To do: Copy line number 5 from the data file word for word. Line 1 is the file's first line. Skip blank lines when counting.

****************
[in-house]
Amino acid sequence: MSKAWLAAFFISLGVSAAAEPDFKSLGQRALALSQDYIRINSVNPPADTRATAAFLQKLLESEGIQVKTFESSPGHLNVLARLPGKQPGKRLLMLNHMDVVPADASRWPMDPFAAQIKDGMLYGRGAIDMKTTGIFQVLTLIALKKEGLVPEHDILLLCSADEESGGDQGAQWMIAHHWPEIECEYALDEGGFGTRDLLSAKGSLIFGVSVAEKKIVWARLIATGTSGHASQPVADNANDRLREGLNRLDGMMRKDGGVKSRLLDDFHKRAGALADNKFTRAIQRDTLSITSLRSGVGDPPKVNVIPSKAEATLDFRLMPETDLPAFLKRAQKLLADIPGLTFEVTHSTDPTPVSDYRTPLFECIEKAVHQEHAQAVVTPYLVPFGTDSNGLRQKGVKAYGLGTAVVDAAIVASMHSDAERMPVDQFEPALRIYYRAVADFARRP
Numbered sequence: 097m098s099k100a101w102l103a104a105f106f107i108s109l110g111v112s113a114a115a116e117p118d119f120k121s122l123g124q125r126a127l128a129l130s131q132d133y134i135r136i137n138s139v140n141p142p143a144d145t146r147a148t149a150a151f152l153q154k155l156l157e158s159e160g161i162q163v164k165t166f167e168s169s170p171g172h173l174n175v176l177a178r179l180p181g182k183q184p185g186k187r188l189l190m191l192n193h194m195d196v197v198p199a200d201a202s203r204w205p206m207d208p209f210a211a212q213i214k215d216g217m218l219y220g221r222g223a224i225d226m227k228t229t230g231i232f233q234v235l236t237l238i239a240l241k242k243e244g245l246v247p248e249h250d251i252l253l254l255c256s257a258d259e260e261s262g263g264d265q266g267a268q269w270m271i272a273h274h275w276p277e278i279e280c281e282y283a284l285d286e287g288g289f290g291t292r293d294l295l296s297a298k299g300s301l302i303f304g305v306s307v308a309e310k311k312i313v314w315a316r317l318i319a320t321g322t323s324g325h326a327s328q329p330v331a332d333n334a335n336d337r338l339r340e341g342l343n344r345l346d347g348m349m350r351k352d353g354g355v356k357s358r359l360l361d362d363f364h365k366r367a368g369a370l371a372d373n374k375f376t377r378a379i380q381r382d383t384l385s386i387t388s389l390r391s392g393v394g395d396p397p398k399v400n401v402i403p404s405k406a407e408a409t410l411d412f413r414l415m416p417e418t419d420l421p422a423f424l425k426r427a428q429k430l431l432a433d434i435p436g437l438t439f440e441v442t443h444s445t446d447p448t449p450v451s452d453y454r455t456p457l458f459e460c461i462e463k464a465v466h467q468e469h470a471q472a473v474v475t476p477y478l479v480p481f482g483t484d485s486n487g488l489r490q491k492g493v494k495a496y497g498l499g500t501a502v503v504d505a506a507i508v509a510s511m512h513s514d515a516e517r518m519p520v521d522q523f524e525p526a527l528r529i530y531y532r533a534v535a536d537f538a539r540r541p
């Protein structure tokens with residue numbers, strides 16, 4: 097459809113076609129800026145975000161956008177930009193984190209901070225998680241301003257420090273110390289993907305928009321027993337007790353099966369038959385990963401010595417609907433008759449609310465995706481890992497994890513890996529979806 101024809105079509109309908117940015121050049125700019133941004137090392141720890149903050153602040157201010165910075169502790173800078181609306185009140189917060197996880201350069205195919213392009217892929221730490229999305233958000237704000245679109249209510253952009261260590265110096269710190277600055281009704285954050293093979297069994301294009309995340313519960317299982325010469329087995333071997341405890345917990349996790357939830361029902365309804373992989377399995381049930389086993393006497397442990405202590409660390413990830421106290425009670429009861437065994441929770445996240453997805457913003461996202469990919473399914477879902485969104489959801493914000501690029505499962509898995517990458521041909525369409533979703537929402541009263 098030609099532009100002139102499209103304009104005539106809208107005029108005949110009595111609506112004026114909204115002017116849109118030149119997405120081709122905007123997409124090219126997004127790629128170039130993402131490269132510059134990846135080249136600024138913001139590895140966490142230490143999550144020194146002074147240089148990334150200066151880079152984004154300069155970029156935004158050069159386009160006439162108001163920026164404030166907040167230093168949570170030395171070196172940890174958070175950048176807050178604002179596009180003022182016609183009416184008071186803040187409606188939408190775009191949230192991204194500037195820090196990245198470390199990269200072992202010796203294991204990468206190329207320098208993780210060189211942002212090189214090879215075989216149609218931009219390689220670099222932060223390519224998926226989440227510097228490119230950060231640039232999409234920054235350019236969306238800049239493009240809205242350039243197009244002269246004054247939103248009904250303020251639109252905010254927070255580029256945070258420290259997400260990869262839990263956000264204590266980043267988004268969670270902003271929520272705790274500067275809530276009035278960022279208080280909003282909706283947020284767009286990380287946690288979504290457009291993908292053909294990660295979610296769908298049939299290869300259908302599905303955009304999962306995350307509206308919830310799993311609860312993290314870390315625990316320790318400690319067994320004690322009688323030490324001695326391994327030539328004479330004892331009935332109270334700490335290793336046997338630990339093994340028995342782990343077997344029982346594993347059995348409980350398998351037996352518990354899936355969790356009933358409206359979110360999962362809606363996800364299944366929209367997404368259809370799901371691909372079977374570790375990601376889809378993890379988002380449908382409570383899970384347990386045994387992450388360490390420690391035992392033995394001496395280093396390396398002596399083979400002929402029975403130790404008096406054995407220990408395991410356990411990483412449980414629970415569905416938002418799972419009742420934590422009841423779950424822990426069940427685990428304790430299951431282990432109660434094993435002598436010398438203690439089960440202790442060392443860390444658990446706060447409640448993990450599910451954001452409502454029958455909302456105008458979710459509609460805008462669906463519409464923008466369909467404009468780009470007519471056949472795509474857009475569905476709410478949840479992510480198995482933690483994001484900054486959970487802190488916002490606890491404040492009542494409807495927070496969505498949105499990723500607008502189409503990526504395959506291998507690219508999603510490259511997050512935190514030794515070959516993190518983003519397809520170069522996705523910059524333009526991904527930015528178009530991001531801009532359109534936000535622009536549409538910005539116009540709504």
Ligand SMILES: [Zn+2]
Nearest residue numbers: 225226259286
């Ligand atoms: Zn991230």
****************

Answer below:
Ligand SMILES: [Zn+2]